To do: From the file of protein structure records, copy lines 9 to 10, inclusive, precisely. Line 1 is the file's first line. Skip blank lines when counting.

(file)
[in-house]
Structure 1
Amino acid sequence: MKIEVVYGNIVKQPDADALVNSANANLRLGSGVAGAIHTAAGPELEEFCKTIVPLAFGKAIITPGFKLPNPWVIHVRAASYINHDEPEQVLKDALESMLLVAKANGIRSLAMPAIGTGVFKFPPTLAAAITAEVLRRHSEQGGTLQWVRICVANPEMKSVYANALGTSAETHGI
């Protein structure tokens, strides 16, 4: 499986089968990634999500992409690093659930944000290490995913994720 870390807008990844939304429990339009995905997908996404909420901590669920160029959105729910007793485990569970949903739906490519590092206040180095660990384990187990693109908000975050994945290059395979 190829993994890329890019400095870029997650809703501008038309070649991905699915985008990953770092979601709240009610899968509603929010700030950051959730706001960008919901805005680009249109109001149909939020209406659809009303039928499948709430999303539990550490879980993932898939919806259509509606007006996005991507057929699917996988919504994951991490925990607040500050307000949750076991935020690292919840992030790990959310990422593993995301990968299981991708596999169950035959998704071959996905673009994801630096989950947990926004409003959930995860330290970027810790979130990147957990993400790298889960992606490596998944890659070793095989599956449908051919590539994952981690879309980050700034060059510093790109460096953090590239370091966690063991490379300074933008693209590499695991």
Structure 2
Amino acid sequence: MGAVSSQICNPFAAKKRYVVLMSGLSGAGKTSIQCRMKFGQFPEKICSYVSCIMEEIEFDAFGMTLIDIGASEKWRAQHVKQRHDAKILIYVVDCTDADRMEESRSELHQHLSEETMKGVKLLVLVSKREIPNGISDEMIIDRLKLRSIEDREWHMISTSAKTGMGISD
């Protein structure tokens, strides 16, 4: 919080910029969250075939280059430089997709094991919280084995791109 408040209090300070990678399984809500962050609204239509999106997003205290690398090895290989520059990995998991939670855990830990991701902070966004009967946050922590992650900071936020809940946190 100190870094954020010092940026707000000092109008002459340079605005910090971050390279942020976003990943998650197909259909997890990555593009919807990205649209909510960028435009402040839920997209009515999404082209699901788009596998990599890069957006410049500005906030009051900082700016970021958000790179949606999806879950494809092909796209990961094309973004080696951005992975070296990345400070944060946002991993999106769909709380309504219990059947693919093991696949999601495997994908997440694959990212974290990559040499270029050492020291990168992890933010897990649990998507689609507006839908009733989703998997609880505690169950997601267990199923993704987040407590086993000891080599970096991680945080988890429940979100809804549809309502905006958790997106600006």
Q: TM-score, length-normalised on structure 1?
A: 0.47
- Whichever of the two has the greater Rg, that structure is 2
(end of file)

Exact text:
A: 0.47
- Whichever of the two has the greater Rg, that structure is 2